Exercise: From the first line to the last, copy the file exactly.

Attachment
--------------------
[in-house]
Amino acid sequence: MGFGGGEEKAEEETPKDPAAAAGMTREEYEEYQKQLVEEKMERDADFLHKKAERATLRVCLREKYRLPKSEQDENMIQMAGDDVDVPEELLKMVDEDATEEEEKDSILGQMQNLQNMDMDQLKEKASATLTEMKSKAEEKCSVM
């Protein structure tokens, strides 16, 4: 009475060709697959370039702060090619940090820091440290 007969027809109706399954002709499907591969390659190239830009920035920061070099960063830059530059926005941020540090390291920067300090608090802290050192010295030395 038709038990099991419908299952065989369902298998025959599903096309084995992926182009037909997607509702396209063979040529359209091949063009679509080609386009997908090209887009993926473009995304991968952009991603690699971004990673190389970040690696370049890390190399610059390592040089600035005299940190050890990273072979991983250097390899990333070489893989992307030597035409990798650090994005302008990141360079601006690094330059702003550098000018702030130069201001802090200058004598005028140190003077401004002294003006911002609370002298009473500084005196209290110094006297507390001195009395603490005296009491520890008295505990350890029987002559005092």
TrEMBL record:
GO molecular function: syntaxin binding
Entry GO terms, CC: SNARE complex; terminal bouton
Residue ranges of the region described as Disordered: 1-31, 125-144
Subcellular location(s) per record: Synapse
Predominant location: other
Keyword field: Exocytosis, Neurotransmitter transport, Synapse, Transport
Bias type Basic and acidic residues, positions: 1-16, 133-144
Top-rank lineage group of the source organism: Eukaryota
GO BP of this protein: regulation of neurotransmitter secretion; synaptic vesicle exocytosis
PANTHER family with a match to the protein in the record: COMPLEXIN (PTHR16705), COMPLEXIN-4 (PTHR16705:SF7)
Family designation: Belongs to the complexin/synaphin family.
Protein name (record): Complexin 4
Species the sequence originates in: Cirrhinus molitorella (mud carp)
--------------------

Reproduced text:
[in-house]
Amino acid sequence: MGFGGGEEKAEEETPKDPAAAAGMTREEYEEYQKQLVEEKMERDADFLHKKAERATLRVCLREKYRLPKSEQDENMIQMAGDDVDVPEELLKMVDEDATEEEEKDSILGQMQNLQNMDMDQLKEKASATLTEMKSKAEEKCSVM
């Protein structure tokens, strides 16, 4: 009475060709697959370039702060090619940090820091440290 007969027809109706399954002709499907591969390659190239830009920035920061070099960063830059530059926005941020540090390291920067300090608090802290050192010295030395 038709038990099991419908299952065989369902298998025959599903096309084995992926182009037909997607509702396209063979040529359209091949063009679509080609386009997908090209887009993926473009995304991968952009991603690699971004990673190389970040690696370049890390190399610059390592040089600035005299940190050890990273072979991983250097390899990333070489893989992307030597035409990798650090994005302008990141360079601006690094330059702003550098000018702030130069201001802090200058004598005028140190003077401004002294003006911002609370002298009473500084005196209290110094006297507390001195009395603490005296009491520890008295505990350890029987002559005092």
TrEMBL record:
GO molecular function: syntaxin binding
Entry GO terms, CC: SNARE complex; terminal bouton
Residue ranges of the region described as Disordered: 1-31, 125-144
Subcellular location(s) per record: Synapse
Predominant location: other
Keyword field: Exocytosis, Neurotransmitter transport, Synapse, Transport
Bias type Basic and acidic residues, positions: 1-16, 133-144
Top-rank lineage group of the source organism: Eukaryota
GO BP of this protein: regulation of neurotransmitter secretion; synaptic vesicle exocytosis
PANTHER family with a match to the protein in the record: COMPLEXIN (PTHR16705), COMPLEXIN-4 (PTHR16705:SF7)
Family designation: Belongs to the complexin/synaphin family.
Protein name (record): Complexin 4
Species the sequence originates in: Cirrhinus molitorella (mud carp)